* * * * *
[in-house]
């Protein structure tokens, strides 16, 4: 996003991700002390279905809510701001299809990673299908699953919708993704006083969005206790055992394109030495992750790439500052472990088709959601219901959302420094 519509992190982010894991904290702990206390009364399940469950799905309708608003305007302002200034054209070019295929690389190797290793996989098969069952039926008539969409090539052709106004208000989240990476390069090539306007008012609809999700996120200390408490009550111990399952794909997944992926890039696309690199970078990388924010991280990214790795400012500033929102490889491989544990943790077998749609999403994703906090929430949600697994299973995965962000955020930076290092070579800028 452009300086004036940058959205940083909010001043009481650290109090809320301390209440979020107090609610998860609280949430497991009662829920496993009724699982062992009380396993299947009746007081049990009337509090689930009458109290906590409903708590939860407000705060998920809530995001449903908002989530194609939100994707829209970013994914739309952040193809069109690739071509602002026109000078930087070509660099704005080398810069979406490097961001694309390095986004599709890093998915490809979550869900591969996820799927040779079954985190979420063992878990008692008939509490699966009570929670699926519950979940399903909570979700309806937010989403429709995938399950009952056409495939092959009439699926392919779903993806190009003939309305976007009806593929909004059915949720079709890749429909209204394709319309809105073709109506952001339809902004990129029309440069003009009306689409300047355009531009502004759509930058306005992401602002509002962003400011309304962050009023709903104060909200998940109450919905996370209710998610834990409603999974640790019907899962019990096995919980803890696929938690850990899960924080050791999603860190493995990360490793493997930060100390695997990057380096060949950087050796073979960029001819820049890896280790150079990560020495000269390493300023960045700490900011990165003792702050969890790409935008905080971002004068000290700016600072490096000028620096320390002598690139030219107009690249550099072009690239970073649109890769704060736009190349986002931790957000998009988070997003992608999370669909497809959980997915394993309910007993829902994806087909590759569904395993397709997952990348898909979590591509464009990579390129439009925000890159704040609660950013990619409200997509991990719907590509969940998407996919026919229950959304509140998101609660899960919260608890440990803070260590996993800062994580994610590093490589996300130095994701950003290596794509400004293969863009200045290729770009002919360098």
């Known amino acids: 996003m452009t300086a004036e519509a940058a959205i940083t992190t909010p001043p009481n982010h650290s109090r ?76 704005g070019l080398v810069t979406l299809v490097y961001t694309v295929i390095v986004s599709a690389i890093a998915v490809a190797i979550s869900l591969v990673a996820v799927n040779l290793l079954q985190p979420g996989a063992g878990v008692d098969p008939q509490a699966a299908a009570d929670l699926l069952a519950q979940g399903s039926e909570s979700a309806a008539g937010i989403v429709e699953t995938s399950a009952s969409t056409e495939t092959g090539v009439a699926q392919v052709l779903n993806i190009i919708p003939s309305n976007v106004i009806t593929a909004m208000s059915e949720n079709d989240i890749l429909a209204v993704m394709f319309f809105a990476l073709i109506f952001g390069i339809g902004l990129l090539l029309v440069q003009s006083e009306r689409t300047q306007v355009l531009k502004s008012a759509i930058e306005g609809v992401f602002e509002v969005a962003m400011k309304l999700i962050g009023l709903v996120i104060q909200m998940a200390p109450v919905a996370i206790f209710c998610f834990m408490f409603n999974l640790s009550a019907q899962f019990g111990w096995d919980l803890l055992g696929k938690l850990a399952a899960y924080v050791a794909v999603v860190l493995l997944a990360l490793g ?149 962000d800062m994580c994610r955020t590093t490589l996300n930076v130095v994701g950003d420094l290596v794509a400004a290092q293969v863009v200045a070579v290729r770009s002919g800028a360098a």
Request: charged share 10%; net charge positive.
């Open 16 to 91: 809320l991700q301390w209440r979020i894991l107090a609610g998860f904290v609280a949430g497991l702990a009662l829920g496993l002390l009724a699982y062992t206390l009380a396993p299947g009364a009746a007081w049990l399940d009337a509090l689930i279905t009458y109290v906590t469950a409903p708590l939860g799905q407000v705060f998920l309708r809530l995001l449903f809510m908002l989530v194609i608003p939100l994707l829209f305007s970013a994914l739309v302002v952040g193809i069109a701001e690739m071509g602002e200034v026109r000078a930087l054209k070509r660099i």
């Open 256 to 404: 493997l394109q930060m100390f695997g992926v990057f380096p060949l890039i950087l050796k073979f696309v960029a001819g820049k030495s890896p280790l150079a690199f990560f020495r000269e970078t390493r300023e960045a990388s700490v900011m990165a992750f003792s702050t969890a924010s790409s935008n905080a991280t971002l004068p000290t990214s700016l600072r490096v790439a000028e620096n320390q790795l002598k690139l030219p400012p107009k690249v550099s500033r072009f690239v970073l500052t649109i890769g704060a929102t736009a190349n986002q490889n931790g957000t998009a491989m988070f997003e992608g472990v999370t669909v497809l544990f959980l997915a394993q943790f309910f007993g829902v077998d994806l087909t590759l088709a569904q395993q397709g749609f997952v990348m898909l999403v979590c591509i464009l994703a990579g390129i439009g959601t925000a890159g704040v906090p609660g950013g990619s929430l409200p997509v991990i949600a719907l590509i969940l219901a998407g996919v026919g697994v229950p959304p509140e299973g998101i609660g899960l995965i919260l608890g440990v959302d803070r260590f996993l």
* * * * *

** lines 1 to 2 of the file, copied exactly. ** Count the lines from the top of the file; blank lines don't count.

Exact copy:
[in-house]
């Protein structure tokens, strides 16, 4: 996003991700002390279905809510701001299809990673299908699953919708993704006083969005206790055992394109030495992750790439500052472990088709959601219901959302420094 519509992190982010894991904290702990206390009364399940469950799905309708608003305007302002200034054209070019295929690389190797290793996989098969069952039926008539969409090539052709106004208000989240990476390069090539306007008012609809999700996120200390408490009550111990399952794909997944992926890039696309690199970078990388924010991280990214790795400012500033929102490889491989544990943790077998749609999403994703906090929430949600697994299973995965962000955020930076290092070579800028 452009300086004036940058959205940083909010001043009481650290109090809320301390209440979020107090609610998860609280949430497991009662829920496993009724699982062992009380396993299947009746007081049990009337509090689930009458109290906590409903708590939860407000705060998920809530995001449903908002989530194609939100994707829209970013994914739309952040193809069109690739071509602002026109000078930087070509660099704005080398810069979406490097961001694309390095986004599709890093998915490809979550869900591969996820799927040779079954985190979420063992878990008692008939509490699966009570929670699926519950979940399903909570979700309806937010989403429709995938399950009952056409495939092959009439699926392919779903993806190009003939309305976007009806593929909004059915949720079709890749429909209204394709319309809105073709109506952001339809902004990129029309440069003009009306689409300047355009531009502004759509930058306005992401602002509002962003400011309304962050009023709903104060909200998940109450919905996370209710998610834990409603999974640790019907899962019990096995919980803890696929938690850990899960924080050791999603860190493995990360490793493997930060100390695997990057380096060949950087050796073979960029001819820049890896280790150079990560020495000269390493300023960045700490900011990165003792702050969890790409935008905080971002004068000290700016600072490096000028620096320390002598690139030219107009690249550099072009690239970073649109890769704060736009190349986002931790957000998009988070997003992608999370669909497809959980997915394993309910007993829902994806087909590759569904395993397709997952990348898909979590591509464009990579390129439009925000890159704040609660950013990619409200997509991990719907590509969940998407996919026919229950959304509140998101609660899960919260608890440990803070260590996993800062994580994610590093490589996300130095994701950003290596794509400004293969863009200045290729770009002919360098």